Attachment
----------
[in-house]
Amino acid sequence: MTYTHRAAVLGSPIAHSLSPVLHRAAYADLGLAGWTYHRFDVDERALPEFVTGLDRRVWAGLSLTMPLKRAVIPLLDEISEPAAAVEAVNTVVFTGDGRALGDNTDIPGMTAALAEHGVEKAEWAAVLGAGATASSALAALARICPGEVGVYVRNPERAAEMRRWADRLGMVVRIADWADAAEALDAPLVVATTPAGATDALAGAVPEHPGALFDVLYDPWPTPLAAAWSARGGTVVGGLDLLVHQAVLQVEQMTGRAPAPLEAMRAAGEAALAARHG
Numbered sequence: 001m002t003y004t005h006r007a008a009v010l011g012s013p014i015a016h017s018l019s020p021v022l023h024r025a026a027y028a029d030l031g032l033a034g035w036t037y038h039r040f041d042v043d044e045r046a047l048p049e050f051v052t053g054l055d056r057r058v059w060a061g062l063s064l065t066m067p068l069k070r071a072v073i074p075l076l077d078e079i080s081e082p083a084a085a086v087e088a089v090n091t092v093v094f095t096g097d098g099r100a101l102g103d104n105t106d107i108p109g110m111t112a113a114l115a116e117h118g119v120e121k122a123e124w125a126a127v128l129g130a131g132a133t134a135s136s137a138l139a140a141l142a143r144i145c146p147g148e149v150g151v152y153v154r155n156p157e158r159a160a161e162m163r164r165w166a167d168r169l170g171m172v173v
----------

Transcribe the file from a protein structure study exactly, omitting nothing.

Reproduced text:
[in-house]
Amino acid sequence: MTYTHRAAVLGSPIAHSLSPVLHRAAYADLGLAGWTYHRFDVDERALPEFVTGLDRRVWAGLSLTMPLKRAVIPLLDEISEPAAAVEAVNTVVFTGDGRALGDNTDIPGMTAALAEHGVEKAEWAAVLGAGATASSALAALARICPGEVGVYVRNPERAAEMRRWADRLGMVVRIADWADAAEALDAPLVVATTPAGATDALAGAVPEHPGALFDVLYDPWPTPLAAAWSARGGTVVGGLDLLVHQAVLQVEQMTGRAPAPLEAMRAAGEAALAARHG
Numbered sequence: 001m002t003y004t005h006r007a008a009v010l011g012s013p014i015a016h017s018l019s020p021v022l023h024r025a026a027y028a029d030l031g032l033a034g035w036t037y038h039r040f041d042v043d044e045r046a047l048p049e050f051v052t053g054l055d056r057r058v059w060a061g062l063s064l065t066m067p068l069k070r071a072v073i074p075l076l077d078e079i080s081e082p083a084a085a086v087e088a089v090n091t092v093v094f095t096g097d098g099r100a101l102g103d104n105t106d107i108p109g110m111t112a113a114l115a116e117h118g119v120e121k122a123e124w125a126a127v128l129g130a131g132a133t134a135s136s137a138l139a140a141l142a143r144i145c146p147g148e149v150g151v152y153v154r155n156p157e158r159a160a161e162m163r164r165w166a167d168r169l170g171m172v173v